Flat Design: A History, Past, Present and Future

Flat Design: A History, Past, Present and Future

Flat design has been a huge hit over the years. If you have not heard of the term, you would have certainly seen this style in the digital world. A leading trend in interface design, it is so popular that it is difficult not to see or hear about it on our screens today.

There are many factors influencing design to become simplified. To get a full perspective of this trend, we need to delve into the history of minimal design before we can understand its popularity and correct use.

The Hows and Whys of Flat Design

What is Flat Design?

Flat design is exactly what its name suggests – design that is flat. A term defined by user interface (UI) designers, flat design removes stylistic 3D components like gradients, bevels, drop shadows and textures. Basically anything that would create visual depth so a graphic has the illusion of “popping out”.

Flat Icons Example

But this trend didn’t gain popularity for no reason. In essence, flat design is a critical response to rich and skeuomorphic designs. It tries to argue that the most effective way to communicate a message is by removing all forms of visual dimension and unnecessary ‘fluff’.

VS. Skeuomorphic:
Skeuomorphism is when visual trickery is used to mimic details of real life objects onto something else and for a while, this aesthetic was popular in software. Interaction with these detailed graphics was a significant factor of user experience (UX), as people needed to understand the digital world by connecting them with visuals from our real lives. You could liken it to fake wood veneers on furniture or the design of Apple’s newsstand app on iOS 6. With the use of skeuomorphism, the app’s design tried to visually replicate a bookshelf with books on the screen to give an impression that the user had a library on their phone.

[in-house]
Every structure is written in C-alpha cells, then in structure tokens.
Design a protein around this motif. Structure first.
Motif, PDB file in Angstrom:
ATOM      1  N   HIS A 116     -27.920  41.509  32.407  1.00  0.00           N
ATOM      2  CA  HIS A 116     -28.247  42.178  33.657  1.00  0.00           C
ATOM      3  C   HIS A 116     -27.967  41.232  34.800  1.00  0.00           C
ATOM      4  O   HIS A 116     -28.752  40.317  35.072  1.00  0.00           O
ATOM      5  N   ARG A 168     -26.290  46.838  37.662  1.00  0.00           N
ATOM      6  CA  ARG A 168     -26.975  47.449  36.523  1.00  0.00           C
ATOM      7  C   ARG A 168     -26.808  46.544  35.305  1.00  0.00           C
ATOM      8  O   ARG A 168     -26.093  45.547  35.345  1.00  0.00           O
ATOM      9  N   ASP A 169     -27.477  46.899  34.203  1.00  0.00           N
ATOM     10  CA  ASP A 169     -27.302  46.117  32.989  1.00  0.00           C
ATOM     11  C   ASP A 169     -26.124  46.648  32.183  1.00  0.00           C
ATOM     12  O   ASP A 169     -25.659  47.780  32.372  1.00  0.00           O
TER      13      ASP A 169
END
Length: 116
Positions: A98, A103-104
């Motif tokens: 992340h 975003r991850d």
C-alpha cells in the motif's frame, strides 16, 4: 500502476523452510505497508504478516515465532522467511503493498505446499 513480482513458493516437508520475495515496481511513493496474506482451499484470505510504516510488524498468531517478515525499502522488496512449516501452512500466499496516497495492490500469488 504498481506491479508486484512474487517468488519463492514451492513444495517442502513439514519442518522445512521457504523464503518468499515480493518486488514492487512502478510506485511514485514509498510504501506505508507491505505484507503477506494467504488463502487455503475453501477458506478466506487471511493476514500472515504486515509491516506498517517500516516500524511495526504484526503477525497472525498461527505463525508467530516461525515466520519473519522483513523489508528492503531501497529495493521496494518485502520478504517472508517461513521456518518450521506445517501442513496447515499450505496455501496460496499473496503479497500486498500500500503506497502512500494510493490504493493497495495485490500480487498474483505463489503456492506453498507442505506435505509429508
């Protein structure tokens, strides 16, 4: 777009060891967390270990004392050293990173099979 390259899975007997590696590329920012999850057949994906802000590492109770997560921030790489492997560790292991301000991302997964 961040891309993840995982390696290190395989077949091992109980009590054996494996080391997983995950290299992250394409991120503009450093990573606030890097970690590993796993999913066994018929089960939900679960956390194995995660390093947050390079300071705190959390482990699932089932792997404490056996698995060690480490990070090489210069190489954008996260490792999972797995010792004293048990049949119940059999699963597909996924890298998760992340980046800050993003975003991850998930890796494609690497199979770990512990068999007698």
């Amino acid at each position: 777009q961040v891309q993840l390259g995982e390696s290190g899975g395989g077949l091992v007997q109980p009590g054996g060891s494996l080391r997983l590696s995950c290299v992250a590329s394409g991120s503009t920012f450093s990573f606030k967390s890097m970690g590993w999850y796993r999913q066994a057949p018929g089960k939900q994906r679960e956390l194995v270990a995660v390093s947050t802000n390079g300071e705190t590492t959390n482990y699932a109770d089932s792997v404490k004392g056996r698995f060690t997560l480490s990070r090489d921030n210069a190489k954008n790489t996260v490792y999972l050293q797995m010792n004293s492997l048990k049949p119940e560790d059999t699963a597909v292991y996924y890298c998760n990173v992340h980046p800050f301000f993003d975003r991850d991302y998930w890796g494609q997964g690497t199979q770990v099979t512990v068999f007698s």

Apple News Stand

At the beginning, skeuomorphism served a functional purpose. Dating back to the 1980’s, Apple’s first graphic user interface introduced skeuomorphic icons to help the user comprehend the foreign concept of how a computer worked. Users needed visual symbols from the tangible world so they could relate it back to the digital world. An example on a desktop is the icon of a file folder to guide the user and direct them to where documents should be placed. All these graphics were necessary for UX design, so people could understand and be confident using this new technological device.

Original Mac Interface

As technology advanced, skeuomorphism allowed designers to develop their skills by allowing graphics to be detailed and realistic. Although it made interface designs visually entertaining, designers started encounter problems. One was that skeuomorphic and rich designs out-dated easily with advancements in higher resolution displays. The other issue was that users were bombarded with so much information, that content started to lose its meaning.

Minimalist Design:
There was a need to simplify UI design and minimalism, or more specifically flat design, was the answer. Flat design is a complete 180-degree of skeuomorphism. As content became key, users needed the most efficient way to consume digital media. Functionality and simplicity is important to minimalist design, so if a variable does not serve a useful purpose to communicate a text, it is a distraction from user experience. In addition to computers having such a strong presence in our daily lives, the need for detailed visual metaphors in UI design became unnecessary. Taking a minimalist approach allowed designers to focus on functionality and take advantage of users developed technological literacy.

It may sound like a paradox, as many may perceive design to serve a purpose “of making things look good”. So by removing all the bells and whistles will make an object boring (or in this case, flat), therefore going against the purpose of ‘good design’. However, designers will tell you that good design is about making something look good, with less as possible. It is about simplicity and the ideologies of minimal design date back way before the World Wide Web.

Flat Design Origins